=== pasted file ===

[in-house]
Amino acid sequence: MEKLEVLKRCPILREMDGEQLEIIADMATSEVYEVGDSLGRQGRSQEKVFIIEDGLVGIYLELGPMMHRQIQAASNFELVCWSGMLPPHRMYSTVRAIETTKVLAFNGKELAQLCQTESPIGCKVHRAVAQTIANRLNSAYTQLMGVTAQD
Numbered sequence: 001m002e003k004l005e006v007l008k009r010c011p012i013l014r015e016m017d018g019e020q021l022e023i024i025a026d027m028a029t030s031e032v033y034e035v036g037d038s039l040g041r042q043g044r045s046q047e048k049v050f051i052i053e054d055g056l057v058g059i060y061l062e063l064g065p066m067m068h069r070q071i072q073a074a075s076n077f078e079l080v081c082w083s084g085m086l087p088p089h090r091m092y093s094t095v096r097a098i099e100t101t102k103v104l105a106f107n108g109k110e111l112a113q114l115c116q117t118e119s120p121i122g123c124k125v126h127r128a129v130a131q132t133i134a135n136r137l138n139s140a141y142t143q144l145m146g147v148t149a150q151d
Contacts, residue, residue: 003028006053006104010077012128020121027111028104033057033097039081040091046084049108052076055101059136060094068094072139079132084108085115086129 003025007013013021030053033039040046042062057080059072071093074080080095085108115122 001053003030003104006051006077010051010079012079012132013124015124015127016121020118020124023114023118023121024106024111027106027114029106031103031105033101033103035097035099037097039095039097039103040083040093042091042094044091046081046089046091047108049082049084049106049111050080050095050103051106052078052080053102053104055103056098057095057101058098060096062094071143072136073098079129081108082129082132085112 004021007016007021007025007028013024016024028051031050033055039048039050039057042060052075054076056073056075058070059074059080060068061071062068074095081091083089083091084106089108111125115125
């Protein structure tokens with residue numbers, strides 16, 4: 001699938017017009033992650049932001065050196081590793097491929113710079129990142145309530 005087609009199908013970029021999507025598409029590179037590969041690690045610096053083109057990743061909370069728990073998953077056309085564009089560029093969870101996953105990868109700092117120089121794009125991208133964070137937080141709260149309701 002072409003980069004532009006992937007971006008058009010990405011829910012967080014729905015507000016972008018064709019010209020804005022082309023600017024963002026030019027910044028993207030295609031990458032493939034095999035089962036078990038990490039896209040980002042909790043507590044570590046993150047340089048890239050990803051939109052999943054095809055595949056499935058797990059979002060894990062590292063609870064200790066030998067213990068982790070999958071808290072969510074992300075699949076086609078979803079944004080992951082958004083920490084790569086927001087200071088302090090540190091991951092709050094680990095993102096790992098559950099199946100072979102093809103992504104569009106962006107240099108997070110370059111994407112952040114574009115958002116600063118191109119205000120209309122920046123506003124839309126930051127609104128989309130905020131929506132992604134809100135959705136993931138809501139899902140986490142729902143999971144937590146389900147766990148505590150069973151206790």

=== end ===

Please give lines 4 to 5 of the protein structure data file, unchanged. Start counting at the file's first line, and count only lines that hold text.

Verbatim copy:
Contacts, residue, residue: 003028006053006104010077012128020121027111028104033057033097039081040091046084049108052076055101059136060094068094072139079132084108085115086129 003025007013013021030053033039040046042062057080059072071093074080080095085108115122 001053003030003104006051006077010051010079012079012132013124015124015127016121020118020124023114023118023121024106024111027106027114029106031103031105033101033103035097035099037097039095039097039103040083040093042091042094044091046081046089046091047108049082049084049106049111050080050095050103051106052078052080053102053104055103056098057095057101058098060096062094071143072136073098079129081108082129082132085112 004021007016007021007025007028013024016024028051031050033055039048039050039057042060052075054076056073056075058070059074059080060068061071062068074095081091083089083091084106089108111125115125
């Protein structure tokens with residue numbers, strides 16, 4: 001699938017017009033992650049932001065050196081590793097491929113710079129990142145309530 005087609009199908013970029021999507025598409029590179037590969041690690045610096053083109057990743061909370069728990073998953077056309085564009089560029093969870101996953105990868109700092117120089121794009125991208133964070137937080141709260149309701 002072409003980069004532009006992937007971006008058009010990405011829910012967080014729905015507000016972008018064709019010209020804005022082309023600017024963002026030019027910044028993207030295609031990458032493939034095999035089962036078990038990490039896209040980002042909790043507590044570590046993150047340089048890239050990803051939109052999943054095809055595949056499935058797990059979002060894990062590292063609870064200790066030998067213990068982790070999958071808290072969510074992300075699949076086609078979803079944004080992951082958004083920490084790569086927001087200071088302090090540190091991951092709050094680990095993102096790992098559950099199946100072979102093809103992504104569009106962006107240099108997070110370059111994407112952040114574009115958002116600063118191109119205000120209309122920046123506003124839309126930051127609104128989309130905020131929506132992604134809100135959705136993931138809501139899902140986490142729902143999971144937590146389900147766990148505590150069973151206790």